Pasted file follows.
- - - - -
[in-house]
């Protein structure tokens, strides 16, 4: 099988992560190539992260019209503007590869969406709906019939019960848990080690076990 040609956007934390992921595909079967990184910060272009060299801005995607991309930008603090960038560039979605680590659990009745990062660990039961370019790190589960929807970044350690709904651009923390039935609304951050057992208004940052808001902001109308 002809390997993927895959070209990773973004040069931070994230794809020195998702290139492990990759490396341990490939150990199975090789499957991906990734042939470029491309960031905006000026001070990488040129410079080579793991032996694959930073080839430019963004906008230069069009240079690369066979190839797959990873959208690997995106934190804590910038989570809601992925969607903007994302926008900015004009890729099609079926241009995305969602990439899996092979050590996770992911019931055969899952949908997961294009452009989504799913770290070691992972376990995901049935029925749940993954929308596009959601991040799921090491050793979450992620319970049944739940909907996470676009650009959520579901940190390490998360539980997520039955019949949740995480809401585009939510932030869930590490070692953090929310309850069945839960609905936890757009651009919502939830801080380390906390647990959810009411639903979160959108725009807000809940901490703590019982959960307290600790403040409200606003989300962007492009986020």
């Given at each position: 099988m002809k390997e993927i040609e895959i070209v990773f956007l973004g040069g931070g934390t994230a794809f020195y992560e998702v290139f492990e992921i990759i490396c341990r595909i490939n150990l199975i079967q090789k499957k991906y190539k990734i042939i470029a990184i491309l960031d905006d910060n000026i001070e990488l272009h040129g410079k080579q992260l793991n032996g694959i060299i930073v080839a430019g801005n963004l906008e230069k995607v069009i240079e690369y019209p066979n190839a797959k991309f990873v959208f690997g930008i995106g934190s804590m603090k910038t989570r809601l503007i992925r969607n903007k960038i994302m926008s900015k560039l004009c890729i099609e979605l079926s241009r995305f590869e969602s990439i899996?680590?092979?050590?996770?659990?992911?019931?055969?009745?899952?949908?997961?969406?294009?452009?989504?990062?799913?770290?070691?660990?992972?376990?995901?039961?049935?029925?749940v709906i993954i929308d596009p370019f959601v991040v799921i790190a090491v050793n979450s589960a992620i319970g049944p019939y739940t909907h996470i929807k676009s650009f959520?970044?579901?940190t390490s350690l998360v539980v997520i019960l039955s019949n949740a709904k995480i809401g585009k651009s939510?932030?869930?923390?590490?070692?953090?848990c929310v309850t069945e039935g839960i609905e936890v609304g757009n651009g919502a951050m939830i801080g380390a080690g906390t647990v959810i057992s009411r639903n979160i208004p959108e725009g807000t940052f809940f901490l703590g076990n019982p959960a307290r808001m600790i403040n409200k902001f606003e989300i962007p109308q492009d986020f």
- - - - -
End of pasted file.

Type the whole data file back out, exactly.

[in-house]
């Protein structure tokens, strides 16, 4: 099988992560190539992260019209503007590869969406709906019939019960848990080690076990 040609956007934390992921595909079967990184910060272009060299801005995607991309930008603090960038560039979605680590659990009745990062660990039961370019790190589960929807970044350690709904651009923390039935609304951050057992208004940052808001902001109308 002809390997993927895959070209990773973004040069931070994230794809020195998702290139492990990759490396341990490939150990199975090789499957991906990734042939470029491309960031905006000026001070990488040129410079080579793991032996694959930073080839430019963004906008230069069009240079690369066979190839797959990873959208690997995106934190804590910038989570809601992925969607903007994302926008900015004009890729099609079926241009995305969602990439899996092979050590996770992911019931055969899952949908997961294009452009989504799913770290070691992972376990995901049935029925749940993954929308596009959601991040799921090491050793979450992620319970049944739940909907996470676009650009959520579901940190390490998360539980997520039955019949949740995480809401585009939510932030869930590490070692953090929310309850069945839960609905936890757009651009919502939830801080380390906390647990959810009411639903979160959108725009807000809940901490703590019982959960307290600790403040409200606003989300962007492009986020």
């Given at each position: 099988m002809k390997e993927i040609e895959i070209v990773f956007l973004g040069g931070g934390t994230a794809f020195y992560e998702v290139f492990e992921i990759i490396c341990r595909i490939n150990l199975i079967q090789k499957k991906y190539k990734i042939i470029a990184i491309l960031d905006d910060n000026i001070e990488l272009h040129g410079k080579q992260l793991n032996g694959i060299i930073v080839a430019g801005n963004l906008e230069k995607v069009i240079e690369y019209p066979n190839a797959k991309f990873v959208f690997g930008i995106g934190s804590m603090k910038t989570r809601l503007i992925r969607n903007k960038i994302m926008s900015k560039l004009c890729i099609e979605l079926s241009r995305f590869e969602s990439i899996?680590?092979?050590?996770?659990?992911?019931?055969?009745?899952?949908?997961?969406?294009?452009?989504?990062?799913?770290?070691?660990?992972?376990?995901?039961?049935?029925?749940v709906i993954i929308d596009p370019f959601v991040v799921i790190a090491v050793n979450s589960a992620i319970g049944p019939y739940t909907h996470i929807k676009s650009f959520?970044?579901?940190t390490s350690l998360v539980v997520i019960l039955s019949n949740a709904k995480i809401g585009k651009s939510?932030?869930?923390?590490?070692?953090?848990c929310v309850t069945e039935g839960i609905e936890v609304g757009n651009g919502a951050m939830i801080g380390a080690g906390t647990v959810i057992s009411r639903n979160i208004p959108e725009g807000t940052f809940f901490l703590g076990n019982p959960a307290r808001m600790i403040n409200k902001f606003e989300i962007p109308q492009d986020f």